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Family Immigration

Family Reunification Parole Process for Ecuadorians Introduced by USCIS

U.S. Citizenship and Immigration Services (USCIS) has unveiled a new Family Reunification Parole (FRP) process tailored for Ecuador, aligning with the Biden-Harris Administration’s efforts to enhance lawful and safe immigration pathways.

This invitation-only FRP process offers eligible beneficiaries a case-by-case consideration for parole into the United States while awaiting family-based immigrant visas. It aims to expedite family reunification and provide a safer alternative to irregular migration.

Qualifying beneficiaries of approved Form I-130 petitions must be outside the United States, meet all requirements, including screening and medical criteria, and not have received an immigrant visa. The process begins with the Department of State issuing invitations to U.S. citizens or lawful permanent resident petitioners whose Form I-130 for an Ecuadorian beneficiary has been approved. Invited petitioners can support eligible family members, who may be considered for advance travel authorization and parole.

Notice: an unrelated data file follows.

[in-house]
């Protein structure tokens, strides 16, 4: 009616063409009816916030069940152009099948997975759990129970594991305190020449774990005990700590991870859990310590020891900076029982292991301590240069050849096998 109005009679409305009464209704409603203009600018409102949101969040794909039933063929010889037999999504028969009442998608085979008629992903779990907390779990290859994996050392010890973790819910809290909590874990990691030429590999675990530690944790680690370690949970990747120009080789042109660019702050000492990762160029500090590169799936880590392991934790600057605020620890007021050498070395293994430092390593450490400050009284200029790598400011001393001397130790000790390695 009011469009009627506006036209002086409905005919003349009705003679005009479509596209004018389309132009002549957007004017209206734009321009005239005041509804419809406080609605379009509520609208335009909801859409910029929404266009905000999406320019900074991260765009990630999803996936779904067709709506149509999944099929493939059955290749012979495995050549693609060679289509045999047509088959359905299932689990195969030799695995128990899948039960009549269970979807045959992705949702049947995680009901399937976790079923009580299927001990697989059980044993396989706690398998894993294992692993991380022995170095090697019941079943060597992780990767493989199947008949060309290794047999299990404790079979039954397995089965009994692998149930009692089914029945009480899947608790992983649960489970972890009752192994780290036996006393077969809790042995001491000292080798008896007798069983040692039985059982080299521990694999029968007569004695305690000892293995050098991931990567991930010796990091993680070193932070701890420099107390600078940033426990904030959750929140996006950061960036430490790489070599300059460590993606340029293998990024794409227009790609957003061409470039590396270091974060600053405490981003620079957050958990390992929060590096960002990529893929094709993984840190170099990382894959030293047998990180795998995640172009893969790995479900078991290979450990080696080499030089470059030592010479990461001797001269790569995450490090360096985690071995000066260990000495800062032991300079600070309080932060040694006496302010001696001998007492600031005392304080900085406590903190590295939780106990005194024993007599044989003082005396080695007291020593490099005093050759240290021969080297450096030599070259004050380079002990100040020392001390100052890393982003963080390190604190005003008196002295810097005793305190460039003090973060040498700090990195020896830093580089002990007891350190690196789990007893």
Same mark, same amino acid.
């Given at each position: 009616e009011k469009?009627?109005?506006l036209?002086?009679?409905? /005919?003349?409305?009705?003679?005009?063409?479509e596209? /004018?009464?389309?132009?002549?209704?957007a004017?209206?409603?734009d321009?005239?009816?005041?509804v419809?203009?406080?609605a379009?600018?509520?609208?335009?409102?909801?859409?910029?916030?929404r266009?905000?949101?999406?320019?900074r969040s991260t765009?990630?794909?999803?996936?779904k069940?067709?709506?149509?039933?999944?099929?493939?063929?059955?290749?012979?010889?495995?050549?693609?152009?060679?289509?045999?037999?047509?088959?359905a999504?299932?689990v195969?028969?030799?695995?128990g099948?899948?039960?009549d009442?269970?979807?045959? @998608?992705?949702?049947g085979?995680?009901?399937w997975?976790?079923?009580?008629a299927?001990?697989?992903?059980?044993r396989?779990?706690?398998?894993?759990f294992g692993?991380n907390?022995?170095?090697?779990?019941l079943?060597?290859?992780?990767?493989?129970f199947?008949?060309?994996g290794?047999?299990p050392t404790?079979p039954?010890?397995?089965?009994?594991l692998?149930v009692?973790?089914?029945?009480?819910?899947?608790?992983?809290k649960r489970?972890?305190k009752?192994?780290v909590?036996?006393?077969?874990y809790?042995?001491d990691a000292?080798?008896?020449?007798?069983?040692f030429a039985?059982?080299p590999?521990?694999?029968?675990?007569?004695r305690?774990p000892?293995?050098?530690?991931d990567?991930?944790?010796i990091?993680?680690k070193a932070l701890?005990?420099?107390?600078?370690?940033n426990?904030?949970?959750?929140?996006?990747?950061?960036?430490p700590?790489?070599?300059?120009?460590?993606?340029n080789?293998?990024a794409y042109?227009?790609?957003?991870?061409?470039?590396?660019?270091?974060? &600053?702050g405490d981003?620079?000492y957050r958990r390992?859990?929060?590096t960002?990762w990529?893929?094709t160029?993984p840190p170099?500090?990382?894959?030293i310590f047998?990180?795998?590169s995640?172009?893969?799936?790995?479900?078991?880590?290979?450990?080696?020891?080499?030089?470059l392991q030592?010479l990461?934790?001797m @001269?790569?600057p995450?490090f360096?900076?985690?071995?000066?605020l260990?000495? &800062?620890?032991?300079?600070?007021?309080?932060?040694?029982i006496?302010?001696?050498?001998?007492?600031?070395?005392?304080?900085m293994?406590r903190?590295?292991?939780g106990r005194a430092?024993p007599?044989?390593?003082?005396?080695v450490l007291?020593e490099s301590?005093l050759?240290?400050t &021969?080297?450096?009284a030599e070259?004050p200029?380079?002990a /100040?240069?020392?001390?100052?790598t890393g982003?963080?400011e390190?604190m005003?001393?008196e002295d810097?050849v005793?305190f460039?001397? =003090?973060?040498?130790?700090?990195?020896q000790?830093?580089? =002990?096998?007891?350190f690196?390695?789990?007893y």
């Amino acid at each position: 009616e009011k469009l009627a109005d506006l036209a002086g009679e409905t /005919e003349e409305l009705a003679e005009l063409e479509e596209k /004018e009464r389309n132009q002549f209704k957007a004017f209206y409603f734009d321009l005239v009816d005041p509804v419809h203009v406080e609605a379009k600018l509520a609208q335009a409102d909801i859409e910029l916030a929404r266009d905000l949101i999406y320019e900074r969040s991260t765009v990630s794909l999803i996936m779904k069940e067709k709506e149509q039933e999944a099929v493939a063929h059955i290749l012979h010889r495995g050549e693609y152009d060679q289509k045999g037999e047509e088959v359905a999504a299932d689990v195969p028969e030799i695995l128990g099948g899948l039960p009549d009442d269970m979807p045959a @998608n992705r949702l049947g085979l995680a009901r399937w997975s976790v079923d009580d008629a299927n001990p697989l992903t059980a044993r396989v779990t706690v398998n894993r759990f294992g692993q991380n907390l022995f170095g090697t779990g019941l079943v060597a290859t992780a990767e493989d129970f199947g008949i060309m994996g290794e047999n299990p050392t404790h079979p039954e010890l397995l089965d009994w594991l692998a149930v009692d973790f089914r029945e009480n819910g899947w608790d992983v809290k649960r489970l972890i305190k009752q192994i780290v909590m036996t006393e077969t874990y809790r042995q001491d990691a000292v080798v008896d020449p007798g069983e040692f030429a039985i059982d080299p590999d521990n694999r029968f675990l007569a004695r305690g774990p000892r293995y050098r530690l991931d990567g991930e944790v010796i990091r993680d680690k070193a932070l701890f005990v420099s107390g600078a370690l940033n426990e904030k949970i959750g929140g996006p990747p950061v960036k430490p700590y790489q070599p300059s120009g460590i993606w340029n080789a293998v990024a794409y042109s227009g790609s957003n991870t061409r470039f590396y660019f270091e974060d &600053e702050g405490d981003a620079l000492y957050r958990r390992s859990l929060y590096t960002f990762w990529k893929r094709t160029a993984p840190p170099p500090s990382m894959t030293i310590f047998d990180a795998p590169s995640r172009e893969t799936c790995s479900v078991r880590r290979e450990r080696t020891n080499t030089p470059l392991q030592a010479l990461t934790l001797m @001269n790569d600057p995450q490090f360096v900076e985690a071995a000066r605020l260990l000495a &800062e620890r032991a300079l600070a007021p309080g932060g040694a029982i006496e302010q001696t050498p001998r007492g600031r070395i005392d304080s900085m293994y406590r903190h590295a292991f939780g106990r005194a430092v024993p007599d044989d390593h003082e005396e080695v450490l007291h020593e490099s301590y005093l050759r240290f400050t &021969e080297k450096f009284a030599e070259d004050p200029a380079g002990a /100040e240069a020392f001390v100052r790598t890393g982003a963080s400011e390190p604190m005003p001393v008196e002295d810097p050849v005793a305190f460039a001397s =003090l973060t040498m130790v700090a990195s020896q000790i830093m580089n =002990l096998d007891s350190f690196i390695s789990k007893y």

USCIS will implement Form I-134A, Online Request to be a Supporter and Declaration of Financial Support, for this process starting on November 17, 2023.

Under this FRP process, parole is authorized on a case-by-case and temporary basis, contingent on urgent humanitarian or significant public benefit reasons and a favorable exercise of discretion. Paroled noncitizens may be considered for parole for up to three years and can request employment authorization while awaiting their immigrant visa. Upon visa availability, they may apply for lawful permanent resident status.

This initiative falls under Section 212(d)(5)(A) of the Immigration and Nationality Act, granting Secretary of Homeland Security Alejandro N. Mayorkas discretionary authority to temporarily parole applicants into the United States based on urgent humanitarian or significant public benefit grounds. Past secretaries have utilized this authority to establish similar family reunification parole programs, including those for Cuba and Haiti. DHS introduced new FRP processes for Colombia, El Salvador, Guatemala, and Honduras in July, along with the modernization of FRP processes for Cuba and Haiti in August.

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